Powder metallurgy (PM) was first used by the ancient Egyptians 5,000 years ago in the creation of iron parts, but a lot has changed since then. Today, powder processing plants are using intelligent automation to enjoy boosted profits, attributed to more energy-efficient PM techniques.
PM describes the creation of products using fine metal powders that have been pressed to form 3D materials. The process is widely used for economic advantages, as it is an highly efficient way to use material. However, the technology is rapidly evolving and new PM methods are providing certain industries — such as automotive, machine building and manufacturing — unique advantages to production.
Due to the high precision capability of PM production, components can be created with intricate features. The good dimensional precision of this method means that manufactured parts are produced with controlled porosity and with specific properties, such as hardness and wear resistance, if required.
Despite its advantages, powder processing is complex. Forming solid parts from powdered iron, copper or ferrite, for example, creates a unique set of design considerations. Here’s where automation steps in.
The pressing motion used in PM production, requires a high level of control — particularly if parts are being manufactured to meet consistent levels of hardness. The most common machinery used for PM is die pressing. Different types of powder compaction presses are specified depending on the size of powder throughput. There are mechanical, servo-electrical and hydraulic presses available in the market, with the latter normally reserved for the biggest powder throughputs. However, most are automated.
One thing that is common across all automated presses is a motor. Due to the pressurized nature of this production method, and typical production rates of 15 to 30 parts pressed per minute, motors operating powder compaction presses can be under a lot of strain. It therefore makes sense to ensure these motors are running as effectively as possible.
Electric motor systems account for about 60 percent of global industrial electricity consumption, some of which will be attributed to the growing market of PM production. Of course, some of this damage can be alleviated with the implementation of variable frequency drives (VFDs), but not all manufacturers are deploying these devices.
Statistics from Siemens’ “Turn Down the Power” report estimated that the industry is overspending massively due to non-implementation of VFDs. In fact, the United States was a prime culprit, with an estimated overspend of $20.9 million between 2014 and 2019.
Fitting pressing machines with VFDs is a great start to improving efficiency, but there are also many other cost-effective measures.
Motor soft starters, or simply soft-starts, are an increasingly common way to reduce energy used when starting a motor on powder handling applications. The devices protect AC electric motors from the sudden influxes of power associated with motor startups, allowing the machine to gently ramp up power. These can act as an alternative to a motor starter resistor or a VFD.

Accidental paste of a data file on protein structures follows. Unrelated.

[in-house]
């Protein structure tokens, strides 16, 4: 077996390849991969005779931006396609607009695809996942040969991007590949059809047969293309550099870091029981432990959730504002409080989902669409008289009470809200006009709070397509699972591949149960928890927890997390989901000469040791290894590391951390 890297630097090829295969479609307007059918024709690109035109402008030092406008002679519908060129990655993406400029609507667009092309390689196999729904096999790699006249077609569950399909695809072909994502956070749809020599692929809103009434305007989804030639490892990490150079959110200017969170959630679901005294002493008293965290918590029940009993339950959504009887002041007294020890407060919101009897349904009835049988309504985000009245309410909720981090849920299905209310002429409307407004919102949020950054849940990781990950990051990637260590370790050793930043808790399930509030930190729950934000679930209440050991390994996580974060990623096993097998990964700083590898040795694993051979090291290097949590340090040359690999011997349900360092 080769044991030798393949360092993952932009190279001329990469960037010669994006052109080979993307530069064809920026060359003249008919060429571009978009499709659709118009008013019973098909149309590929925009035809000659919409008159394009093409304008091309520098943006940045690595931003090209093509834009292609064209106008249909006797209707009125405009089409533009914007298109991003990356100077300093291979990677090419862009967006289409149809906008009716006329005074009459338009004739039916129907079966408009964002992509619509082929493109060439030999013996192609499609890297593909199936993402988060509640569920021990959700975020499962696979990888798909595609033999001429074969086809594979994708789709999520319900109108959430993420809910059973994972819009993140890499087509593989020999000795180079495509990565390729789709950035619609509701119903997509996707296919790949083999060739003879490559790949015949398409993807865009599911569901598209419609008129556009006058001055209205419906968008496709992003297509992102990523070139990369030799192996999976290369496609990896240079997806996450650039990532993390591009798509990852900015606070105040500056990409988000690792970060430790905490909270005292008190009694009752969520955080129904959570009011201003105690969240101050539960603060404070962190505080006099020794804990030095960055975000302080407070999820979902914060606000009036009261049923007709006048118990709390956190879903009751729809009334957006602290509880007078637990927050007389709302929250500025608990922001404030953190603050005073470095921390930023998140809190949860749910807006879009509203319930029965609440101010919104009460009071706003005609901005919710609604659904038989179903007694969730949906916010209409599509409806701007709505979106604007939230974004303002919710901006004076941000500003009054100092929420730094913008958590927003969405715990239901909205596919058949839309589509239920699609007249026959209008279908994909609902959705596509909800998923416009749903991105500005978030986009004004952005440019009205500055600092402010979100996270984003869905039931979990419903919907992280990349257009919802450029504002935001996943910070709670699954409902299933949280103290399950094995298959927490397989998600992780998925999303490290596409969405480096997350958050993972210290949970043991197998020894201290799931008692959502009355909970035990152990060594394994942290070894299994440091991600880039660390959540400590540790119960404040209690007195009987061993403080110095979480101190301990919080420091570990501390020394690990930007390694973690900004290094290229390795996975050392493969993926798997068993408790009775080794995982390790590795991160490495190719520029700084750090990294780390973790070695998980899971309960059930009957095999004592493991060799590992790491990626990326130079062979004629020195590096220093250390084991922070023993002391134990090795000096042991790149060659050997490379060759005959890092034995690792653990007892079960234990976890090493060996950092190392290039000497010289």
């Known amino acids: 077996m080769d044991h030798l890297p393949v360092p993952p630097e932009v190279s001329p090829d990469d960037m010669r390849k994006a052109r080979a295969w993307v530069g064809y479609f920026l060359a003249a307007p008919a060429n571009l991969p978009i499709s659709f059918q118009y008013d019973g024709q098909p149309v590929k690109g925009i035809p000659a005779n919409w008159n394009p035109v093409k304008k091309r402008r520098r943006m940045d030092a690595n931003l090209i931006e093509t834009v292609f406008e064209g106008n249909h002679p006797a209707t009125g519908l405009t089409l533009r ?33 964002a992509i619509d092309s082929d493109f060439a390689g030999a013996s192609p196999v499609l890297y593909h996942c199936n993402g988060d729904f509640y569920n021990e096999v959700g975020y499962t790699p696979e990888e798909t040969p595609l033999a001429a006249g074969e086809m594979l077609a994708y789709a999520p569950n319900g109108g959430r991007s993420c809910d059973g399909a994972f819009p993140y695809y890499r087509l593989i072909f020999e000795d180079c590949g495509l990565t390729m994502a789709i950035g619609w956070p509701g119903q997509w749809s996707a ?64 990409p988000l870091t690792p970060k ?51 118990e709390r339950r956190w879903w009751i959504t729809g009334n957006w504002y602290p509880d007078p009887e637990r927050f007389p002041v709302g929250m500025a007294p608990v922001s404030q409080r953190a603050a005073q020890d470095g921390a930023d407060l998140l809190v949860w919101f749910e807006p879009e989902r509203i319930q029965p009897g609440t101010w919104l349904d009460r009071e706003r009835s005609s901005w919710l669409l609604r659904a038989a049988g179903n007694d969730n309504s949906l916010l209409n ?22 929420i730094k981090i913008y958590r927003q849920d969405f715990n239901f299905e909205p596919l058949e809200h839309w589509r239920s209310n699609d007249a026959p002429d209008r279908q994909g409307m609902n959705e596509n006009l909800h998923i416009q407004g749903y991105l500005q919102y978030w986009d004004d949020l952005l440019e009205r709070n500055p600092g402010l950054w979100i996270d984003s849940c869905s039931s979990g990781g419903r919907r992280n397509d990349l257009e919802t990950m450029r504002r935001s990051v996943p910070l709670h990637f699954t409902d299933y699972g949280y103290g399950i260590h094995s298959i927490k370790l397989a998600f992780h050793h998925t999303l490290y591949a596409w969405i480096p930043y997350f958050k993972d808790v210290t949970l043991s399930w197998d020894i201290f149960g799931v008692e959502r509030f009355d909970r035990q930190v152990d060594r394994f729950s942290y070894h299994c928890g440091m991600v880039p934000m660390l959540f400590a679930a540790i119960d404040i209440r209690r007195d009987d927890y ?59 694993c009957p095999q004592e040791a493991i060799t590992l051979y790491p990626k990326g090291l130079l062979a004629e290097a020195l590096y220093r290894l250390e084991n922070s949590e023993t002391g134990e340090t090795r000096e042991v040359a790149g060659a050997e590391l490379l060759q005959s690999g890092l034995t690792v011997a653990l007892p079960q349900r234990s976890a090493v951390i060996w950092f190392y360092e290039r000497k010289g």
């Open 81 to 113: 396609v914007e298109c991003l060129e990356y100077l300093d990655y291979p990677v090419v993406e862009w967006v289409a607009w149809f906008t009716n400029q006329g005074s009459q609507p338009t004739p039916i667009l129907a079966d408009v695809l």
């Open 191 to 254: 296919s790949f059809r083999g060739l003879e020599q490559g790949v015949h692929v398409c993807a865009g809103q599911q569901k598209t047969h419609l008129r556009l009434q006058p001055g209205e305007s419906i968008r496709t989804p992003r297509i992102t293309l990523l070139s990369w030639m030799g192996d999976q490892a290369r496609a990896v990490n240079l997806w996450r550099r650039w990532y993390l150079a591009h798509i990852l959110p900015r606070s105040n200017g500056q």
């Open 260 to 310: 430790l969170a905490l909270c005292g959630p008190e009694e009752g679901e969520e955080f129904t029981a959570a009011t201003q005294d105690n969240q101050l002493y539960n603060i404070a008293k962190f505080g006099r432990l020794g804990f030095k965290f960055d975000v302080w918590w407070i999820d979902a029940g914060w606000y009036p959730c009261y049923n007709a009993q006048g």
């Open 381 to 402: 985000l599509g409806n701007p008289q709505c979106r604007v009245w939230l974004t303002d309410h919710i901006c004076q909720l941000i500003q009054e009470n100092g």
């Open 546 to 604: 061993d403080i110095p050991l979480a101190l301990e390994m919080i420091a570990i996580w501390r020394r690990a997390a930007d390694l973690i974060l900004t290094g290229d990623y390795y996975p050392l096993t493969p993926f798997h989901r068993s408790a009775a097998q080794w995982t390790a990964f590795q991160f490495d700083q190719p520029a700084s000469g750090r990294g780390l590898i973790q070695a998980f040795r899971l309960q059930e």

A common challenge for PM manufacturers is the integration of this technology with existing equipment. Many factory managers may believe their legacy pressing equipment will no longer be compatible with the current VFDs or soft starts on the market. While a compatible version of the part might be obsolete, it doesn’t mean an alternative is not available. In these cases, manufacturers should get in touch with an obsolete parts supplier.
In general, obsolescence is inevitable across the factory floor, whether it affects PM systems directly or other machine parts like motors, drives and resistors. Meeting goals for energy efficiency while relying on obsolete parts requires an in-depth understanding of how existing technology can improve efficiency. This is particularly prevalent for PM manufacturers, many of which will use traditional pressing equipment.
In these instances, it is essential for any plant manager to know where spare parts can be sourced ahead of time. By working with an obsolete industrial parts supplier that knows the industry well, PM manufacturers can take a load off their minds while continuing to work toward their energy efficiency goals.
PM processing has long been hailed as a material-efficient way of manufacturing metal products. However, there are ways for these manufacturers to reap further rewards by considering how automation can boost energy efficiency of the machinery used in the manufacturing technique.
Jonathan Wilkins is the marketing director of industrial automation components supplier EU Automation. A professional brand advocate and commercial marketing strategist, Wilkins focuses on delivering growth via a multichannel approach that has a significant positive impact on business. He has been part of the EU Automation team since its beginning nine years ago and has more than a decade of experience in marketing. Wilkins may be reached at email@example.com.